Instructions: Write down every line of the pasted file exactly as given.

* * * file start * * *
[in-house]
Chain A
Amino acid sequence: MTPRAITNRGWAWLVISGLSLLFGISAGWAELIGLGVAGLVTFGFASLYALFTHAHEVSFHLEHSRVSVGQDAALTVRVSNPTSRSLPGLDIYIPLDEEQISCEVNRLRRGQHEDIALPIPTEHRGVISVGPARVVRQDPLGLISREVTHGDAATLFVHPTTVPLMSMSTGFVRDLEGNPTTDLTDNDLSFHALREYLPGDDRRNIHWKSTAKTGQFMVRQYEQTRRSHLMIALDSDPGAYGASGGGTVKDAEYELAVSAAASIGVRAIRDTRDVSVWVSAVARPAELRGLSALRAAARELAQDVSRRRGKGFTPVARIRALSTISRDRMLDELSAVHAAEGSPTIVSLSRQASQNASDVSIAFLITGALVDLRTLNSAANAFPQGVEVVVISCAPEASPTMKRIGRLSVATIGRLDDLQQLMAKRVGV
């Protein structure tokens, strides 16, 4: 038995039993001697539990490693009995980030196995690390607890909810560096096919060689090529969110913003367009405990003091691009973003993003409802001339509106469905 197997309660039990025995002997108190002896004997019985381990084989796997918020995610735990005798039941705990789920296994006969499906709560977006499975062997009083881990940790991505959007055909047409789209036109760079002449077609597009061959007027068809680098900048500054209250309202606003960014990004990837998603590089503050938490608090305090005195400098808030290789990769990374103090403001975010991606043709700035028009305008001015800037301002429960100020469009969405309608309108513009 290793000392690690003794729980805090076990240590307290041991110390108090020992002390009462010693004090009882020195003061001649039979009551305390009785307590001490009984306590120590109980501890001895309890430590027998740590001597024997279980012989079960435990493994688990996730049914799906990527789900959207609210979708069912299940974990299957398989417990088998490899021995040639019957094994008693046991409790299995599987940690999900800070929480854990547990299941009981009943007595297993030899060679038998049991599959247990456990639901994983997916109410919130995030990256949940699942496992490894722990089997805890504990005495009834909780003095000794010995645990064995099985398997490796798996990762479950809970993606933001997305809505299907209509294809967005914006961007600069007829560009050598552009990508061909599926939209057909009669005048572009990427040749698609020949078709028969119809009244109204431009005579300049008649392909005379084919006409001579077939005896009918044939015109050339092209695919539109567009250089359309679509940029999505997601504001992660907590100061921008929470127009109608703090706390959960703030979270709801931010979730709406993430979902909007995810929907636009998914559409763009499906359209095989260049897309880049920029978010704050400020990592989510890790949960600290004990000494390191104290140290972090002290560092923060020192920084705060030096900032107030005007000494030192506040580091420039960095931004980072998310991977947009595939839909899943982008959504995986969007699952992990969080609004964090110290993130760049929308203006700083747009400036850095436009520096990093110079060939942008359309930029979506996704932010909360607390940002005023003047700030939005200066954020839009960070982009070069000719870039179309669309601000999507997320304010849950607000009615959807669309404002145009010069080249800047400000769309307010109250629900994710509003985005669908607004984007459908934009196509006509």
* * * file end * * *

[in-house]
Chain A
Amino acid sequence: MTPRAITNRGWAWLVISGLSLLFGISAGWAELIGLGVAGLVTFGFASLYALFTHAHEVSFHLEHSRVSVGQDAALTVRVSNPTSRSLPGLDIYIPLDEEQISCEVNRLRRGQHEDIALPIPTEHRGVISVGPARVVRQDPLGLISREVTHGDAATLFVHPTTVPLMSMSTGFVRDLEGNPTTDLTDNDLSFHALREYLPGDDRRNIHWKSTAKTGQFMVRQYEQTRRSHLMIALDSDPGAYGASGGGTVKDAEYELAVSAAASIGVRAIRDTRDVSVWVSAVARPAELRGLSALRAAARELAQDVSRRRGKGFTPVARIRALSTISRDRMLDELSAVHAAEGSPTIVSLSRQASQNASDVSIAFLITGALVDLRTLNSAANAFPQGVEVVVISCAPEASPTMKRIGRLSVATIGRLDDLQQLMAKRVGV
């Protein structure tokens, strides 16, 4: 038995039993001697539990490693009995980030196995690390607890909810560096096919060689090529969110913003367009405990003091691009973003993003409802001339509106469905 197997309660039990025995002997108190002896004997019985381990084989796997918020995610735990005798039941705990789920296994006969499906709560977006499975062997009083881990940790991505959007055909047409789209036109760079002449077609597009061959007027068809680098900048500054209250309202606003960014990004990837998603590089503050938490608090305090005195400098808030290789990769990374103090403001975010991606043709700035028009305008001015800037301002429960100020469009969405309608309108513009 290793000392690690003794729980805090076990240590307290041991110390108090020992002390009462010693004090009882020195003061001649039979009551305390009785307590001490009984306590120590109980501890001895309890430590027998740590001597024997279980012989079960435990493994688990996730049914799906990527789900959207609210979708069912299940974990299957398989417990088998490899021995040639019957094994008693046991409790299995599987940690999900800070929480854990547990299941009981009943007595297993030899060679038998049991599959247990456990639901994983997916109410919130995030990256949940699942496992490894722990089997805890504990005495009834909780003095000794010995645990064995099985398997490796798996990762479950809970993606933001997305809505299907209509294809967005914006961007600069007829560009050598552009990508061909599926939209057909009669005048572009990427040749698609020949078709028969119809009244109204431009005579300049008649392909005379084919006409001579077939005896009918044939015109050339092209695919539109567009250089359309679509940029999505997601504001992660907590100061921008929470127009109608703090706390959960703030979270709801931010979730709406993430979902909007995810929907636009998914559409763009499906359209095989260049897309880049920029978010704050400020990592989510890790949960600290004990000494390191104290140290972090002290560092923060020192920084705060030096900032107030005007000494030192506040580091420039960095931004980072998310991977947009595939839909899943982008959504995986969007699952992990969080609004964090110290993130760049929308203006700083747009400036850095436009520096990093110079060939942008359309930029979506996704932010909360607390940002005023003047700030939005200066954020839009960070982009070069000719870039179309669309601000999507997320304010849950607000009615959807669309404002145009010069080249800047400000769309307010109250629900994710509003985005669908607004984007459908934009196509006509």